Investigating the effect of excess caffeine exposure on placental angiogenesis using chicken 'functional' placental blood vessel network

Zheng Lai Ma, Guang Wang, Wen Hui Lu, Xin Cheng, Manli Chuai, Kenneth Ka Ho Lee, Xuesong Yang (Lead / Corresponding author)

Research output: Contribution to journalArticle

6 Citations (Scopus)

Abstract

It is now known that over-consumption of caffeine by pregnant mothers could have detrimental effects on normal fetal development. However, it remains obscure how caffeine's harmful effect impacts directly or indirectly on the developing embryo/fetus through damaging placenta development. In this study, we demonstrated the morphological similarities between the yolk sac and chorioallantoic membranes (CAM) of chick embryos and the villi of the mammalian placenta. Using the chick yolk sac and the CAM as a model, we found that 5-15μmol per egg of caffeine exposure inhibited angiogenesis. Under the same condition, cell proliferation in extraembryonic mesoderm was reduced while apoptosis was enhanced. Semi-quantitative RT-PCR analysis revealed that caffeine treatment down-regulated VEGF, VEGFR2, PIGF, IGF2 and NRP1 expression, but up-regulated Ang1 and Ang2 expression. We performed in situ hybridization to show VE-cadherin expression and as to demonstrate the blood vessels in the CAM and yolk sac membranes. This distribution of the VE-cadherin+ blood vessels was determined to be reduced after caffeine treatment. Furthermore, MDA activity was induced after caffeine exposure, but GSH-PX activity was inhibited after caffeine exposure; SOD activity was unchanged as compared with the control. In summary, our results suggest that caffeine exposure could negatively impact on angiogenesis in the chick yolk sac and CAM by targeting angiogenesis-related genes. Some of these genes are also involved in regulating excess ROS generation. The results implied that the negative impact of caffeine on fetal development was partly attributed to impaired placental angiogenesis.

Original languageEnglish
Pages (from-to)285-295
Number of pages11
JournalJournal of Applied Toxicology
Volume36
Issue number2
Early online date14 Jul 2015
DOIs
Publication statusPublished - 1 Feb 2016

Fingerprint

Blood vessels
Caffeine
Blood Vessels
Chickens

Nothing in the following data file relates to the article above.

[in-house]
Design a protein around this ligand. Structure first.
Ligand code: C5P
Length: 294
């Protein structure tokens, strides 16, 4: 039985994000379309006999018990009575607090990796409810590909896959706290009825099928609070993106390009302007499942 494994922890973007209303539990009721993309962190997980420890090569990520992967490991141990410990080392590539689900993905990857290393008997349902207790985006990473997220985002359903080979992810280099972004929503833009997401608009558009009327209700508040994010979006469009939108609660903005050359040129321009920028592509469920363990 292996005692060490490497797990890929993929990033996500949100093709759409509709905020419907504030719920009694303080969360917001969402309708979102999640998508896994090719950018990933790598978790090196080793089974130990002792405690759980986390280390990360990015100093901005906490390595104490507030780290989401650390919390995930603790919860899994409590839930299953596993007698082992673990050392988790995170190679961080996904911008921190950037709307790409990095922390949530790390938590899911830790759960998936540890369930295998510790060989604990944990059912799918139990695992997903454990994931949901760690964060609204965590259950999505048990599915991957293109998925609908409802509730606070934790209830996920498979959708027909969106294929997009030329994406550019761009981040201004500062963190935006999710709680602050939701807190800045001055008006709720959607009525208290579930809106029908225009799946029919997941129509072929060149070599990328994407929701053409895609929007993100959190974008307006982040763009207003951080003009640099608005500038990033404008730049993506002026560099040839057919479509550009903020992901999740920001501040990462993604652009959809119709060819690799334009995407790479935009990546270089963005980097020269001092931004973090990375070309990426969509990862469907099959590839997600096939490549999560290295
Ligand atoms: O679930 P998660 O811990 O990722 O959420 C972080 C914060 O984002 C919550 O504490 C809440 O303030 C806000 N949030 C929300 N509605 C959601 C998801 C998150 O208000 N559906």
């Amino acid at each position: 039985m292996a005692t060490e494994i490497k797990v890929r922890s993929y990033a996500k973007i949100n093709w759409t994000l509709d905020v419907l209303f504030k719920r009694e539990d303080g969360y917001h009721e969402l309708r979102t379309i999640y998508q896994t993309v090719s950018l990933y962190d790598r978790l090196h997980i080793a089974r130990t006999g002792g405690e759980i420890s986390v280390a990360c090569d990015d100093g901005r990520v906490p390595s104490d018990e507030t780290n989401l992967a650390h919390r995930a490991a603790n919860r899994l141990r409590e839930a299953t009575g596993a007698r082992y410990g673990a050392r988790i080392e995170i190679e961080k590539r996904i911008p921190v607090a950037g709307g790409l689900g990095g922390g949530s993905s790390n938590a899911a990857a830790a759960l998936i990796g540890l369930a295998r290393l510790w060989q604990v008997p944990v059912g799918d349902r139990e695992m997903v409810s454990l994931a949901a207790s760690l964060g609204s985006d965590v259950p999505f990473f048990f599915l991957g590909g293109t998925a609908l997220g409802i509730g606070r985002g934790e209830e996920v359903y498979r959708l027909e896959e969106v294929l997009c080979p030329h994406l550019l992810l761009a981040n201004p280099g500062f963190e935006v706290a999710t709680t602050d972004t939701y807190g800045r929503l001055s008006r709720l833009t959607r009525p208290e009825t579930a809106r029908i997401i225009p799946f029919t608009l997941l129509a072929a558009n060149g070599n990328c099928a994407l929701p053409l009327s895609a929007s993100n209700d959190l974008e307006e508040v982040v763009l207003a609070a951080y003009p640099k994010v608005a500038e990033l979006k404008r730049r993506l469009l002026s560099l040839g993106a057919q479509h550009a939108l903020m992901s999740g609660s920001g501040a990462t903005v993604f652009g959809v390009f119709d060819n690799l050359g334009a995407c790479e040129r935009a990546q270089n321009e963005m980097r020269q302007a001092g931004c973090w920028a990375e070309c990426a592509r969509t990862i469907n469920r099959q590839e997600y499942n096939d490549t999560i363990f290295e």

Chorioallantoic Membrane
Yolk Sac
Membranes
Fetal Development
Placenta
Genes
Cell proliferation
Mesoderm
Chick Embryo
Vascular Endothelial Growth Factor A
In Situ Hybridization
Ovum
Fetus
Embryonic Structures
Cell Proliferation
Apoptosis

Keywords

  • Angiogenesis
  • Caffeine
  • Chorioallantoic membrane
  • ROS
  • Yolk sac membrane

Cite this

Ma, Zheng Lai ; Wang, Guang ; Lu, Wen Hui ; Cheng, Xin ; Chuai, Manli ; Lee, Kenneth Ka Ho ; Yang, Xuesong. / Investigating the effect of excess caffeine exposure on placental angiogenesis using chicken 'functional' placental blood vessel network. In: Journal of Applied Toxicology. 2016 ; Vol. 36, No. 2. pp. 285-295.
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abstract = "It is now known that over-consumption of caffeine by pregnant mothers could have detrimental effects on normal fetal development. However, it remains obscure how caffeine's harmful effect impacts directly or indirectly on the developing embryo/fetus through damaging placenta development. In this study, we demonstrated the morphological similarities between the yolk sac and chorioallantoic membranes (CAM) of chick embryos and the villi of the mammalian placenta. Using the chick yolk sac and the CAM as a model, we found that 5-15μmol per egg of caffeine exposure inhibited angiogenesis. Under the same condition, cell proliferation in extraembryonic mesoderm was reduced while apoptosis was enhanced. Semi-quantitative RT-PCR analysis revealed that caffeine treatment down-regulated VEGF, VEGFR2, PIGF, IGF2 and NRP1 expression, but up-regulated Ang1 and Ang2 expression. We performed in situ hybridization to show VE-cadherin expression and as to demonstrate the blood vessels in the CAM and yolk sac membranes. This distribution of the VE-cadherin+ blood vessels was determined to be reduced after caffeine treatment. Furthermore, MDA activity was induced after caffeine exposure, but GSH-PX activity was inhibited after caffeine exposure; SOD activity was unchanged as compared with the control. In summary, our results suggest that caffeine exposure could negatively impact on angiogenesis in the chick yolk sac and CAM by targeting angiogenesis-related genes. Some of these genes are also involved in regulating excess ROS generation. The results implied that the negative impact of caffeine on fetal development was partly attributed to impaired placental angiogenesis.",
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Investigating the effect of excess caffeine exposure on placental angiogenesis using chicken 'functional' placental blood vessel network. / Ma, Zheng Lai; Wang, Guang; Lu, Wen Hui; Cheng, Xin; Chuai, Manli; Lee, Kenneth Ka Ho; Yang, Xuesong (Lead / Corresponding author).

In: Journal of Applied Toxicology, Vol. 36, No. 2, 01.02.2016, p. 285-295.

Research output: Contribution to journalArticle

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AU - Lee, Kenneth Ka Ho

AU - Yang, Xuesong

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